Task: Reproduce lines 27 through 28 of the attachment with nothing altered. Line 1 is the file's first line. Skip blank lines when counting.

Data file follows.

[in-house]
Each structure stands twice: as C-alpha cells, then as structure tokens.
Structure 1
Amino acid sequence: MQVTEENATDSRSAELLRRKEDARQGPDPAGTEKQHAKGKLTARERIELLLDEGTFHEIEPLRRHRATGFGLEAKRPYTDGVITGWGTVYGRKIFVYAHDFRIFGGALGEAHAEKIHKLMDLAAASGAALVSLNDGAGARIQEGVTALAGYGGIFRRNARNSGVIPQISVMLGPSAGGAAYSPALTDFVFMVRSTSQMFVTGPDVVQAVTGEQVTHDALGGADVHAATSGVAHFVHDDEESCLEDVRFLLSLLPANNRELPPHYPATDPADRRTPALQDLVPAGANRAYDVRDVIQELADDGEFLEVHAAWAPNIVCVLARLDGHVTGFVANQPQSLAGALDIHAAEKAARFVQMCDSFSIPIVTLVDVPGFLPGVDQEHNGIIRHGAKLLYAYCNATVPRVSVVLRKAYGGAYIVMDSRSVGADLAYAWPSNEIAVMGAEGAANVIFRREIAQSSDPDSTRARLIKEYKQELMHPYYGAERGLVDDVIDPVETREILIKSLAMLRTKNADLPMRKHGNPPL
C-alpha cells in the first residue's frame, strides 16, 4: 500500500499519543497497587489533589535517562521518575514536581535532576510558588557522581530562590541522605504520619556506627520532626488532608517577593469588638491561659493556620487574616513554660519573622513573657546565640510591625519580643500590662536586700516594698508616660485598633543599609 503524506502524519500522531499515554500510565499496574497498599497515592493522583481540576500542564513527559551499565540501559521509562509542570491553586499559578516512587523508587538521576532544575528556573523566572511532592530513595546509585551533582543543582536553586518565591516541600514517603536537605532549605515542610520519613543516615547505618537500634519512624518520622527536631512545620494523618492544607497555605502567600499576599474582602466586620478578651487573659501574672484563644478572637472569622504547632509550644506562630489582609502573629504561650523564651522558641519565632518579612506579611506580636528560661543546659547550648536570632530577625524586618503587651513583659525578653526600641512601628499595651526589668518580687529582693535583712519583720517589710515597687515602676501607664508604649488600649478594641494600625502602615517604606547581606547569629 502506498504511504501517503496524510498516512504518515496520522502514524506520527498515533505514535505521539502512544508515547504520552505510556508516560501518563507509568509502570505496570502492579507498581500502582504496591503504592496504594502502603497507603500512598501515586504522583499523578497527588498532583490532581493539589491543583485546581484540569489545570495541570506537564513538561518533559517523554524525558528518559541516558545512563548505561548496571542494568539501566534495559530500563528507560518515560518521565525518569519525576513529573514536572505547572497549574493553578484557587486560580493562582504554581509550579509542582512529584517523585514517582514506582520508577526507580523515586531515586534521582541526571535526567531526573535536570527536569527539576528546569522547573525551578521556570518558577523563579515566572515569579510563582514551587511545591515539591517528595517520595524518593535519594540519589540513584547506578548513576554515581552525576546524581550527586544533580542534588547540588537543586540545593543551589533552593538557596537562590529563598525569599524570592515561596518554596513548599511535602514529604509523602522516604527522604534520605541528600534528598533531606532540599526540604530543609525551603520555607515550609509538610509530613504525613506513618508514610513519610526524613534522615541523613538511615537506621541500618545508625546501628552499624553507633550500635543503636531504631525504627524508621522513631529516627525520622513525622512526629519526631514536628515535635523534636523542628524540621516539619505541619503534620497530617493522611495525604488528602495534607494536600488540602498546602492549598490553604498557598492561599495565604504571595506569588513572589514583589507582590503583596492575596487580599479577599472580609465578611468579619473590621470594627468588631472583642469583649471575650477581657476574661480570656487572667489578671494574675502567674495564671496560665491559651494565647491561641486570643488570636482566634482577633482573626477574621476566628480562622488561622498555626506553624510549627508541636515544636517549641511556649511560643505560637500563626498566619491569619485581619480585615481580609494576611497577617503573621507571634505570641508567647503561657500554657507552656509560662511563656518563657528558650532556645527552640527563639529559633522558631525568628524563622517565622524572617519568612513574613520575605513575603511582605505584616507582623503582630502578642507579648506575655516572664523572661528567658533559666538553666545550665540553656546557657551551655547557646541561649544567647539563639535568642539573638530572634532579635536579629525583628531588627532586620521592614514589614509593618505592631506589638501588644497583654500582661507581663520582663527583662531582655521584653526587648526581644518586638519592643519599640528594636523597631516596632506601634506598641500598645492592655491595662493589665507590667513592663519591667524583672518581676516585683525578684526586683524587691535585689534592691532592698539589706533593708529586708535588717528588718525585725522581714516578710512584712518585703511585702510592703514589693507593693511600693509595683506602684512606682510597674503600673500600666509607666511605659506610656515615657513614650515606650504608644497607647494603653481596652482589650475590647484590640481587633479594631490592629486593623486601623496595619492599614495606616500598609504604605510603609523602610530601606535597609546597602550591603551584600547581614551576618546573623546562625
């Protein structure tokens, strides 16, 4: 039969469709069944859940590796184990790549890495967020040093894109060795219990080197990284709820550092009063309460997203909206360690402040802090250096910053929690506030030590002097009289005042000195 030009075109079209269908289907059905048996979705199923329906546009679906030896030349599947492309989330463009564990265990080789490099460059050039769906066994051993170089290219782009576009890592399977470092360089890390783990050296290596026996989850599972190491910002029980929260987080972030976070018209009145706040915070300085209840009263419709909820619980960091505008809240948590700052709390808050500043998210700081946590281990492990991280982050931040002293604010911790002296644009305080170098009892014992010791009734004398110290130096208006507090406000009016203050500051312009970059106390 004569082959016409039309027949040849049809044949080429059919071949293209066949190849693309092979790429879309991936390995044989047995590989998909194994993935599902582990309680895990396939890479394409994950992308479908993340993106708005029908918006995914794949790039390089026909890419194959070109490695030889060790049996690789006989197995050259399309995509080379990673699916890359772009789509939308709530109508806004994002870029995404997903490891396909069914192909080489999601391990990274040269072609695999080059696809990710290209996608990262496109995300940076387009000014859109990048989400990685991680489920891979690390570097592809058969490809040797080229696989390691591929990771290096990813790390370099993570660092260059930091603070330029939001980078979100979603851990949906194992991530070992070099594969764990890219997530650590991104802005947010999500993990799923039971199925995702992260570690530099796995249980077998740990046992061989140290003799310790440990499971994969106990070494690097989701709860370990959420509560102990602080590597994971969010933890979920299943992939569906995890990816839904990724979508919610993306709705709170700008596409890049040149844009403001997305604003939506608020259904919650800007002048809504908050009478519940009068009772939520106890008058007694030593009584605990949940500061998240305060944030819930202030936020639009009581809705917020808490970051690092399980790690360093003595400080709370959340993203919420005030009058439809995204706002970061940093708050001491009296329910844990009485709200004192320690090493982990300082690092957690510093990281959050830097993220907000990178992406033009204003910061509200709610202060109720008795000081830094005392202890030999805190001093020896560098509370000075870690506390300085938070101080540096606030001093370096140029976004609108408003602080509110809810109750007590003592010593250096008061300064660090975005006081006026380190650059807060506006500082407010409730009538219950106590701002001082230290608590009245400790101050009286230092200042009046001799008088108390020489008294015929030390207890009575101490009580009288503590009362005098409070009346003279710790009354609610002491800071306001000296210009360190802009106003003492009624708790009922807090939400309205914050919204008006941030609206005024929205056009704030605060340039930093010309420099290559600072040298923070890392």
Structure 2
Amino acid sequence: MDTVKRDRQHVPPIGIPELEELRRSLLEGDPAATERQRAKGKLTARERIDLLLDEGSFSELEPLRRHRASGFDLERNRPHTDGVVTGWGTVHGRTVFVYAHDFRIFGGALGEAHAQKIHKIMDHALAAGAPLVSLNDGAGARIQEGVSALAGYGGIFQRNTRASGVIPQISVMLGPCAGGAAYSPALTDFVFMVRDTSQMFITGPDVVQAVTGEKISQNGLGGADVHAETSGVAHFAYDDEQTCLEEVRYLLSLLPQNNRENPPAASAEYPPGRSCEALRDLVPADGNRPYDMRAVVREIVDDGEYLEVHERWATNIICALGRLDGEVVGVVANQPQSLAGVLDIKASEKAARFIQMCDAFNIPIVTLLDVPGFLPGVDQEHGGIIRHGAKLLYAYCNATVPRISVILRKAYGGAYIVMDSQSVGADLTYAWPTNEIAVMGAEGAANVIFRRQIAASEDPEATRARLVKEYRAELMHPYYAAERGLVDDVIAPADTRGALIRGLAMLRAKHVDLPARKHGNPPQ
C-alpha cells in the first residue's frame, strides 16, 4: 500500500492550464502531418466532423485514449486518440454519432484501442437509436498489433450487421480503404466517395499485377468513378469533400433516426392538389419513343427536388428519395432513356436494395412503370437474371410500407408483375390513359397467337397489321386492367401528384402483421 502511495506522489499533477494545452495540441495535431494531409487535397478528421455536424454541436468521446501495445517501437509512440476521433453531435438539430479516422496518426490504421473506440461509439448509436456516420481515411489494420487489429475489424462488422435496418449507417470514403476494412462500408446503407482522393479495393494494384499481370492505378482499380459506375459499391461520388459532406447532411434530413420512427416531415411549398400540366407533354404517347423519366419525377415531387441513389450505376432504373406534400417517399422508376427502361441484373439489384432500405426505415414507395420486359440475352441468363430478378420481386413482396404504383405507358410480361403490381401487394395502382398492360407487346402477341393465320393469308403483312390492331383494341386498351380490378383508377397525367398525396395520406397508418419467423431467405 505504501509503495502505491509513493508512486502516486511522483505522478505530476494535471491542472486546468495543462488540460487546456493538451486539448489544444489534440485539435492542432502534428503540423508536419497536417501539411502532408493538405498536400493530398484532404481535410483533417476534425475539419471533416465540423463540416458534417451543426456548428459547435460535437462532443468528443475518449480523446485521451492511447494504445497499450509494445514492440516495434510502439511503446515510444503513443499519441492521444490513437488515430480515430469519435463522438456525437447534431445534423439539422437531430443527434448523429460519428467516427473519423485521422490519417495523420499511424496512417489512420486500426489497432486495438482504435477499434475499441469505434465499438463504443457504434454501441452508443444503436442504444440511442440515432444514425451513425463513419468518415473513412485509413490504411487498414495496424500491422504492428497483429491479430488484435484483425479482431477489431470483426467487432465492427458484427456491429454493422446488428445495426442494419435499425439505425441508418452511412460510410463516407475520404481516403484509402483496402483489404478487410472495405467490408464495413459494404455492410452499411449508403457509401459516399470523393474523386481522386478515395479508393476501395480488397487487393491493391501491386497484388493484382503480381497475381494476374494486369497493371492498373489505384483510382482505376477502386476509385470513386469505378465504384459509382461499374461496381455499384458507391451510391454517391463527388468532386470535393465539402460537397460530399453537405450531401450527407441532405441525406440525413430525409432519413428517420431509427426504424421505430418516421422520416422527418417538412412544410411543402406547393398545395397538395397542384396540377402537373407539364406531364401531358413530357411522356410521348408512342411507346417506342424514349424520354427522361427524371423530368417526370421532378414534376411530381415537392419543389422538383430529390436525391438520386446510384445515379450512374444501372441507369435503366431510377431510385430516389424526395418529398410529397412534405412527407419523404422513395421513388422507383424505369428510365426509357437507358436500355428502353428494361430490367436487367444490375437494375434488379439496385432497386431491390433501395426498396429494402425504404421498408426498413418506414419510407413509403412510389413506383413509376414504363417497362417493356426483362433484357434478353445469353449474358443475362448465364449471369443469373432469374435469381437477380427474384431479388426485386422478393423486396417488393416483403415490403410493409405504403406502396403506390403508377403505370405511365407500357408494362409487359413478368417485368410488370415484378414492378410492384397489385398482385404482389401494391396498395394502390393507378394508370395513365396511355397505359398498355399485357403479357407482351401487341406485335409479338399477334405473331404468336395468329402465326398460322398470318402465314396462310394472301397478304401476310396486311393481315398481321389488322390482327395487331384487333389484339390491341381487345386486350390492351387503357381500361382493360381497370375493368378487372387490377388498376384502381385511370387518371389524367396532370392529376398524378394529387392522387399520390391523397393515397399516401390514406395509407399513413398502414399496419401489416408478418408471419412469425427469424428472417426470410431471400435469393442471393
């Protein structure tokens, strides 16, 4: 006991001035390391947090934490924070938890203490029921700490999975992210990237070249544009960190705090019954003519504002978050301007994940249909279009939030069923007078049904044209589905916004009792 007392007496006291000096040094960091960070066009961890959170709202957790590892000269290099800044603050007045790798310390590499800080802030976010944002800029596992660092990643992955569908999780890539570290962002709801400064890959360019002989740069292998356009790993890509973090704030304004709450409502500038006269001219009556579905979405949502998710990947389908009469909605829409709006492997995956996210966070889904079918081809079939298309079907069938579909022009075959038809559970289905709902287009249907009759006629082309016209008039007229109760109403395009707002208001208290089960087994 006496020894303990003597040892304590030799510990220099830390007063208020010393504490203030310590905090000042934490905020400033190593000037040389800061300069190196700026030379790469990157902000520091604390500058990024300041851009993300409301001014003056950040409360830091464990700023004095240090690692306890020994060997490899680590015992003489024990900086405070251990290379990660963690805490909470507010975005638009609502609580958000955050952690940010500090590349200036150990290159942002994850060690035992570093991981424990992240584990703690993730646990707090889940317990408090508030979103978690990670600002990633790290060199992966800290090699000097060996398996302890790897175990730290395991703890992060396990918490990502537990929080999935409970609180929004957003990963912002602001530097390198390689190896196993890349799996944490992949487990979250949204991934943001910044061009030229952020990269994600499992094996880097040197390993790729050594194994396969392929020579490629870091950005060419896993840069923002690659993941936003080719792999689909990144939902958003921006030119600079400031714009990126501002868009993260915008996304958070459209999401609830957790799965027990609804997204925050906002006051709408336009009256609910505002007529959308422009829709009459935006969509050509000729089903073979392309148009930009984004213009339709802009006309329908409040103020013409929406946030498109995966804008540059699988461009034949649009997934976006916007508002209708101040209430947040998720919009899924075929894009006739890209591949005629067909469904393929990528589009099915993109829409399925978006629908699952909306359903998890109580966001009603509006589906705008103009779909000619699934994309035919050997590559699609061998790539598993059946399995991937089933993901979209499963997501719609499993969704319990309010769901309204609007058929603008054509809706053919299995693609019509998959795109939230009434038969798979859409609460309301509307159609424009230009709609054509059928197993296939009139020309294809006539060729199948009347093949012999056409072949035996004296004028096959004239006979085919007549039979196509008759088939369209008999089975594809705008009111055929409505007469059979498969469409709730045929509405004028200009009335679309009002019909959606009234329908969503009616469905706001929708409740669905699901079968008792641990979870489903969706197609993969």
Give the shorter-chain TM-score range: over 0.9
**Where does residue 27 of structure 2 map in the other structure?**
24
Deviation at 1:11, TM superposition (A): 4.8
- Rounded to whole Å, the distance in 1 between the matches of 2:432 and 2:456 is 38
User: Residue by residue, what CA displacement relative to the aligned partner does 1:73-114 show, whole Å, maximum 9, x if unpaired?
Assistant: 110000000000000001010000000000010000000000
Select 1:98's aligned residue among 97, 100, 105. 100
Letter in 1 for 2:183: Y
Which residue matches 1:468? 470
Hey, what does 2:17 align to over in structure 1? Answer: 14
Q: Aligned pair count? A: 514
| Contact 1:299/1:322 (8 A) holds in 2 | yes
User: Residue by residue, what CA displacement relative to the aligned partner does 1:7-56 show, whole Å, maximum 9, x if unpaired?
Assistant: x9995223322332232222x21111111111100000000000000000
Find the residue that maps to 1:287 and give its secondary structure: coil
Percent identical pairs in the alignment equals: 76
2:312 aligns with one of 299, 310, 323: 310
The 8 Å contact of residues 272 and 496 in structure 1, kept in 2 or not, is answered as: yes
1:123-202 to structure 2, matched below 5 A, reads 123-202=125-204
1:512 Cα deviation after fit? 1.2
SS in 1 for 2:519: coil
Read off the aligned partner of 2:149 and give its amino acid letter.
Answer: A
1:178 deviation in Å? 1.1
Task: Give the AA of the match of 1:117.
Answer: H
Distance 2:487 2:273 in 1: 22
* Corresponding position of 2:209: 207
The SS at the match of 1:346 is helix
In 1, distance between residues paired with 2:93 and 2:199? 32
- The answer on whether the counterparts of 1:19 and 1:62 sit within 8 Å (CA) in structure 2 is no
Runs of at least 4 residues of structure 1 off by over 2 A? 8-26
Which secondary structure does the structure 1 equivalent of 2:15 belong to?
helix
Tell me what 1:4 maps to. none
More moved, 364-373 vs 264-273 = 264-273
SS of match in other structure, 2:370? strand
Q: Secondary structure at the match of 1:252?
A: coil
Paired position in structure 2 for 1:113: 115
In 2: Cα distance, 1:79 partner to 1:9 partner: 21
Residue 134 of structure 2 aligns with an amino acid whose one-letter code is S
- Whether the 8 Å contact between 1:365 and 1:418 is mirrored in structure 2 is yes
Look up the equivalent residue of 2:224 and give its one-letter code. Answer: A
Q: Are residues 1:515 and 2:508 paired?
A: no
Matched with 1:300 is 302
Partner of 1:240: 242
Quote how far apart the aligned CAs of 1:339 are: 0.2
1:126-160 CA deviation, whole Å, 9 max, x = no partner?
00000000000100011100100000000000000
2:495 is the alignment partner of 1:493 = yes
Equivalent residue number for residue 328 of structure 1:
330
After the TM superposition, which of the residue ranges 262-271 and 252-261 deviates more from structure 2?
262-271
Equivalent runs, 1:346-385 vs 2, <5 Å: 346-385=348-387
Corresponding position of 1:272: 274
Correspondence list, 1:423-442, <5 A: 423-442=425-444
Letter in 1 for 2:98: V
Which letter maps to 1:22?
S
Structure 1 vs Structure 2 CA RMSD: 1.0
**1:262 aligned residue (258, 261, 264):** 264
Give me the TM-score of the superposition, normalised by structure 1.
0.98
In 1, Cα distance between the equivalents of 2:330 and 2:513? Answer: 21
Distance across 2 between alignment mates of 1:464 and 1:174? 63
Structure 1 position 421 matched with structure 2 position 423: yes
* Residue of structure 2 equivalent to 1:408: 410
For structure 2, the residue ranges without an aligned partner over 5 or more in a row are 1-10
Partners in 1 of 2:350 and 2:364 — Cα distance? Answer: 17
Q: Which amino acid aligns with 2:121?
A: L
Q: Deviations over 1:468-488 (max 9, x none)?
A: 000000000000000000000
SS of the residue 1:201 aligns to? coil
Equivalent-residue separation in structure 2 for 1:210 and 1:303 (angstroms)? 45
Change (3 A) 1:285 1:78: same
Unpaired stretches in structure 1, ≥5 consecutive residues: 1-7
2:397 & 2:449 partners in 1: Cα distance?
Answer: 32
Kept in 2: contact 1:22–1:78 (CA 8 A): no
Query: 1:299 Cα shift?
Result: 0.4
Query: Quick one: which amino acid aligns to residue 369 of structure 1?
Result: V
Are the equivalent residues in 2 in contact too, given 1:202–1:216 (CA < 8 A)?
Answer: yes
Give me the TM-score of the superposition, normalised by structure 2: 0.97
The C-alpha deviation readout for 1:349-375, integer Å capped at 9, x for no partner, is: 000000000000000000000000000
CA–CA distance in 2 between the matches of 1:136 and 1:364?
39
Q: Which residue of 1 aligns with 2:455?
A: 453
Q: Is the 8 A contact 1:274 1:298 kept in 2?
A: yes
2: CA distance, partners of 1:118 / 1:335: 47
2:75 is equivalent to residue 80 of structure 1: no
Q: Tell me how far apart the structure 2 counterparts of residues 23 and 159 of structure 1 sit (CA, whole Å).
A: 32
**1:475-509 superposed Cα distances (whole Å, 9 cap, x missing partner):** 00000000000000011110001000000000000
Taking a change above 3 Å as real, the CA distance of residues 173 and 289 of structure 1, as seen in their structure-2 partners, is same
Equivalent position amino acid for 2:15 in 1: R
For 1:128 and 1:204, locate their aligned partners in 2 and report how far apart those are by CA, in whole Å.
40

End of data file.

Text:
Percent identical pairs in the alignment equals: 76
2:312 aligns with one of 299, 310, 323: 310